in this field. If he were allowed
to review the case, he might be
able to confirm some things for


I don't see any harm in it. Dan,
hook these two up with a police
escort. Send one of the boys out
with them.
Sure thing, Chief.
Dan walks over to the radio and picks up the receiver.
A shadowy figure makes its way through the villa adjacent to
Felipe's summer house. He finally makes it to the front
steps. He places the box down, rings the doorbell, and runs
off. Felipe opens the door, looks around, and sees the box.
He picks it up and goes back inside.
John and Francine are being driven to Felipe's place by a
policeman. They sit in the back, chatting.
How did the killer know that
Seltzer's girls were virgins?
Simple. He must've done his
research like me. Seltzer signed
on the girls while they were still
underage, quite a few years ago.
Since he had to watch out for
their well-being, he had a
morality clause written into their
contract, making sure that none of
them would be doing anything
I can't believe that Felipe would
know all of this. To think, his
family has been doing this sort of
thing for ages . . .


Wait a minute. You said that
Felipe's last name was Esrcito,
Sergeant, get this car there as
fast as you can! We can't waste
any time!
What's going on?
Felipe Escrito is the ancestor of
the Spanish inquisitor who
instructed the witch-hunters in
finding the soothsayer. The
killer's saved him for last!
The sergeant turns on the siren and picks up the pace.
Felipe takes the box, curious as to what it is. He shakes it
and listens to hear what is inside.
Try to get ahold of him on your
cell phone!
She takes her cell phone out of her purse and begins to
dial. She holds it up to her ear and waits.
Felipe is about to open the box when the phone rings. He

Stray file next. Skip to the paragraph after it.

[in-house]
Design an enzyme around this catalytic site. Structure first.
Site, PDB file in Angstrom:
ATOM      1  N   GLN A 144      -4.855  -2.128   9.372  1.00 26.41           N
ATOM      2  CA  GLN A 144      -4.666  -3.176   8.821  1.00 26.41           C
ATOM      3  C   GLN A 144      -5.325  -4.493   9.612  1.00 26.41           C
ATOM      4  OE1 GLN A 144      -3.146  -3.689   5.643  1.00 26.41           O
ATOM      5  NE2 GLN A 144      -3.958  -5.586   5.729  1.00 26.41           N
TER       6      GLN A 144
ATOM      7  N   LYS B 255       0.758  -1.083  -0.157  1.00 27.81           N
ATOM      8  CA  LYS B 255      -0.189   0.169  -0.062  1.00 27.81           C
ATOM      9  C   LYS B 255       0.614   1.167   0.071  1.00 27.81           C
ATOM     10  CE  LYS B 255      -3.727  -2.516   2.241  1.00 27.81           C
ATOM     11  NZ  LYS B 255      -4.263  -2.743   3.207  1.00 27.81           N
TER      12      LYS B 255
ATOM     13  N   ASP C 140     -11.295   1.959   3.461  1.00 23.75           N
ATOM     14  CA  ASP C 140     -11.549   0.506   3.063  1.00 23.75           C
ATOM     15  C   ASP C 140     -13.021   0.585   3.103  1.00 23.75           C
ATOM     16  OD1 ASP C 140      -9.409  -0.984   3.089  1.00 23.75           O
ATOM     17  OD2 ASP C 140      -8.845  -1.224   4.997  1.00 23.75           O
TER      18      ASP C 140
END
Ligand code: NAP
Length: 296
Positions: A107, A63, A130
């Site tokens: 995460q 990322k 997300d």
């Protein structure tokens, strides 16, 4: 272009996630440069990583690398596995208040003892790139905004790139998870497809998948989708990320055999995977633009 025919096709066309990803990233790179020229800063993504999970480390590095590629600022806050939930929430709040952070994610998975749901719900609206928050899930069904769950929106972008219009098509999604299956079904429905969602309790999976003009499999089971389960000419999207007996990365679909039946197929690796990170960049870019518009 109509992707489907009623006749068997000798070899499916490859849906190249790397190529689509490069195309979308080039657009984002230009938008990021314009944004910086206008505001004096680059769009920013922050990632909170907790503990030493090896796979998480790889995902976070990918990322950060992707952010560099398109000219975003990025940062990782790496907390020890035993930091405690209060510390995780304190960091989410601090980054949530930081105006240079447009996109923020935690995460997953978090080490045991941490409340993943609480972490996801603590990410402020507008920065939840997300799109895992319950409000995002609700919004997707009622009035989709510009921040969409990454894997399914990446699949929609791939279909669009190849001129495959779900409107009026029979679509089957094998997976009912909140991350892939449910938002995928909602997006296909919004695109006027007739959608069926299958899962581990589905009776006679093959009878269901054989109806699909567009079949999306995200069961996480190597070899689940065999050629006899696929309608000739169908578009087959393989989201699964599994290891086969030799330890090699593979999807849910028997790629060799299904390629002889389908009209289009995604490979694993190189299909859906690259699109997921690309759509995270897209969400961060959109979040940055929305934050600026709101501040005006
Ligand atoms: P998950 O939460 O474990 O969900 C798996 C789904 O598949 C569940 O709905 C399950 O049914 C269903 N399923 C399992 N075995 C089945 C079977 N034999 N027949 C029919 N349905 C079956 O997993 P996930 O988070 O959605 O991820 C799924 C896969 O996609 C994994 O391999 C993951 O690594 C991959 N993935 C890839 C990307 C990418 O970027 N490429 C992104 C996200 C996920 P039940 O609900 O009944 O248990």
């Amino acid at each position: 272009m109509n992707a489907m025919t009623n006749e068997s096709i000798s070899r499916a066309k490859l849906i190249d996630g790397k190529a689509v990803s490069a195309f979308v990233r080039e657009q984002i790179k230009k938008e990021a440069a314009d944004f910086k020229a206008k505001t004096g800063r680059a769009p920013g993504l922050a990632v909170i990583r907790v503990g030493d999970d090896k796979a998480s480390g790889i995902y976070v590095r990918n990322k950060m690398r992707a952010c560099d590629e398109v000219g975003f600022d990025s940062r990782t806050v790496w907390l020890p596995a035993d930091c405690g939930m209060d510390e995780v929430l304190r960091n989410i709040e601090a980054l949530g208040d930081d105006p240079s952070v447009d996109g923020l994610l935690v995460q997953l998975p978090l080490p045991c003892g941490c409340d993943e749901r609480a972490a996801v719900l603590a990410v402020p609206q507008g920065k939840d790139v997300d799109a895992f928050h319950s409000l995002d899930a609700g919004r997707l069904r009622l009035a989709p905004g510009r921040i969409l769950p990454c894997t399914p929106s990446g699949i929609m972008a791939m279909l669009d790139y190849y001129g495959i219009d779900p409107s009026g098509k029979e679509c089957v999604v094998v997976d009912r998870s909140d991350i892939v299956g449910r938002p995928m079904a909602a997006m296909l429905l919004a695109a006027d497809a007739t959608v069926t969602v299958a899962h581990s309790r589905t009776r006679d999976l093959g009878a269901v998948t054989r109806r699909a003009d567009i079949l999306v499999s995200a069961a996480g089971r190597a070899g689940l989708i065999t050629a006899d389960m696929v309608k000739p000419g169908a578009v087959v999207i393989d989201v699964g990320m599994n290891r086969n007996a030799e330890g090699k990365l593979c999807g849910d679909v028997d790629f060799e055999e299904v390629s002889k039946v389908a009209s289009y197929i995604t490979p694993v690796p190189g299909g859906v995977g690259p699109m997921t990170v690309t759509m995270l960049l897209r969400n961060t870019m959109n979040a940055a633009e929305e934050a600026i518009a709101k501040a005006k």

goes over and picks it up.
Felipe, this is Francine! Don't
open any packages until we get


                       FRANCINE (cont'd)
over there, okay? Not a single
Felipe gets nothing but static.
Hello? Helloooooooooo . . .
He waits patiently, but still nothing, so he hangs up.
Felipe! Felipe, for God's sake,
pick up the phone! Felipe!
      (hangs up)
It's no use. The signal's too bad.
We'll never get ahold of him by
Step on it, Sergeant. Every second
The car speeds up to reach its location.
Felipe returns to open his package, but is having a deal of
trouble, so he goes over to the desk drawer, presumably to
get a letter opener. He sorts through all the junk in his
drawer to find it.
Now where'd I put that letter
The car continues to speed towards Felipe's house.
Felipe finally finds his letter opener and brings it over to
the desk. He begins to cut into the box.
Outside, the killer lurks. However, the police car finally
arrives. The sergeant honks the car horn.


Felipe is distracted by the noise, but continues to pry open
the box.
John and the police officer jump out of the car. John turns
and leans in the window.
Wait out here. I'll be back in a
      (to the sergeant)
Stand guard!
John runs into the house.
John makes his way into the living room just as Felipe is
about to open the package completely.
Felipe drops the box, stunned. John runs over and inspects
the box.
A few more seconds late, and you
might've been dead for sure.
What do you mean?
Inside this box is the mandrake
you were talking about. Pulled
this lid open, and you would've
lost your head. So this is how
he's been doing it.
The officer continues to pace around the squad car.
Francine, on edge, waits inside. The officer draws his
pistol, hearing the sound of a twig snapping. He looks
around, weary of who might be there. Suddenly, a shadowy
figure jumps from the bushes and lodges an ax into his head.
Francine, watching, screams. The figure turns and makes his
way towards the police car. Francine locks the door, scoots